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Some Estates May Be Eligible For “Good Cause” Portability Extensions

Some Estates May Be Eligible for “Good Cause” Portability Extensions

Limited options remain for late portability elections, but some estates may be eligible. Approximately two years ago, the process for electing portability of a deceased spouse’s unused federal estate tax exemption changed. Since then new portability extension rules have been in effect.

Estate Tax Exemption

Federal estate tax portability allows a surviving spouse to take advantage of their deceased spouse’s unused estate tax exemption. Executors or personal representatives are the only party permitted to elect portability on behalf of the decedent’s surviving spouse. All estates of decedents with dates of death on or after June 15, 2015 are subject to the revised extension policy. If an estate tax return is filed and the executor neglected to elect portability, certain estates are eligible for a 15-month extension.

Since then a number of Private Letter Rulings have highlighted late portability election approvals. These approvals have involved estates that demonstrated the taxpayer ‘acted reasonably and in good faith’ and included timely filing of the federal estate tax return (within 9 months of the decedent’s date of death).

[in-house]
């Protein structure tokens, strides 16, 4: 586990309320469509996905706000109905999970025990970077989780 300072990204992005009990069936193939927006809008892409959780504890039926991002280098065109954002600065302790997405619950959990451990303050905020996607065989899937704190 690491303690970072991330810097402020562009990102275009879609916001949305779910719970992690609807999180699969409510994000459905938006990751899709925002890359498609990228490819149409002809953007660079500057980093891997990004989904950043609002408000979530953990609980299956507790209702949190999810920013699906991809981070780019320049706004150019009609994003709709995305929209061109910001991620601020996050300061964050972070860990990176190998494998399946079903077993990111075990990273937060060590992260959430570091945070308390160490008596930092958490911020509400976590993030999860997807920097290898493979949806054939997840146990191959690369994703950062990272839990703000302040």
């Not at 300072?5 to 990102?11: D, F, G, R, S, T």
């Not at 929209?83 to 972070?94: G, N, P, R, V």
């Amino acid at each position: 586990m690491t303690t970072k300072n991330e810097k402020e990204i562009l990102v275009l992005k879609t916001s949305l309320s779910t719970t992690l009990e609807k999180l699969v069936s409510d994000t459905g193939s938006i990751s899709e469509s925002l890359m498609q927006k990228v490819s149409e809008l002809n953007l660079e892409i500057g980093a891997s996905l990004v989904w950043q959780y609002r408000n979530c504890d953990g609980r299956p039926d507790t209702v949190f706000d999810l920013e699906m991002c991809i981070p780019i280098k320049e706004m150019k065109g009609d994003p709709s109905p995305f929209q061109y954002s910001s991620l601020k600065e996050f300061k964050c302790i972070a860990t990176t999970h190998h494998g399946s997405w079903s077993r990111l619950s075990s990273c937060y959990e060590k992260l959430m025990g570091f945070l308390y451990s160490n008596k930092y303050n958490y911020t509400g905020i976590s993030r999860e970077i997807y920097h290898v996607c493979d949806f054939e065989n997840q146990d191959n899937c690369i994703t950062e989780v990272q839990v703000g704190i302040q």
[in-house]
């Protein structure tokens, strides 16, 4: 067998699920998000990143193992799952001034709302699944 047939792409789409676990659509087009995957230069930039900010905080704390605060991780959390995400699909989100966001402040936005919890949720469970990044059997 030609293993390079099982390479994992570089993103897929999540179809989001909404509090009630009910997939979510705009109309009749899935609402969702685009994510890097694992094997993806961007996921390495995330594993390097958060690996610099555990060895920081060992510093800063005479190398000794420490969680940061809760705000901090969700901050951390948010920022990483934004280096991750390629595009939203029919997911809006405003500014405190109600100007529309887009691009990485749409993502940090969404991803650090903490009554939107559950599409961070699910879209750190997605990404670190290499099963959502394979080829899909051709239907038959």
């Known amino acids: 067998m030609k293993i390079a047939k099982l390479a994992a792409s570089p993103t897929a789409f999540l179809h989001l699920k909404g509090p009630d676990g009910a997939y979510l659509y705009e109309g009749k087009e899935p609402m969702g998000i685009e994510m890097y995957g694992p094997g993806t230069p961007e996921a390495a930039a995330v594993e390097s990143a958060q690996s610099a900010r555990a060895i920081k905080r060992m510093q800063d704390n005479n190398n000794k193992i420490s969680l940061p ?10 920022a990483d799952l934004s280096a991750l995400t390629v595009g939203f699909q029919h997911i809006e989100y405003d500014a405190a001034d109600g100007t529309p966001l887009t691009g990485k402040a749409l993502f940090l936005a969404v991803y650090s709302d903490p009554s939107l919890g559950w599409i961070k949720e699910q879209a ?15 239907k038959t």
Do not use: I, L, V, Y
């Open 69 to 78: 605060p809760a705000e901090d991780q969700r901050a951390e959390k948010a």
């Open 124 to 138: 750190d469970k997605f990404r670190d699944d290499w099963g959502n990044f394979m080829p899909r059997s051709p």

Recently, Wealth Strategies Journal cited a Tax Notes summary of the Federal Bar Association Section on Taxation Law Conference in early March 2017. The note includes a comment made at the conference by a senior technical reviewer with the Internal Revenue Service. The reviewer, Karlene Lesho, was reported to have confirmed that estates may file for ‘good cause extensions.’

Next Steps

The value of the estate, citizenship of the decedent (nonresident decedents have differing eligibility), timeliness of the estate tax return filing date, and evidence of the executor’s reasonable care and actions must be reviewed if an individual wishes to file for a late portability election. Schedule an estate evaluation with a tax lawyer to identify options and determine if other tax issues should be addressed during estate administration.

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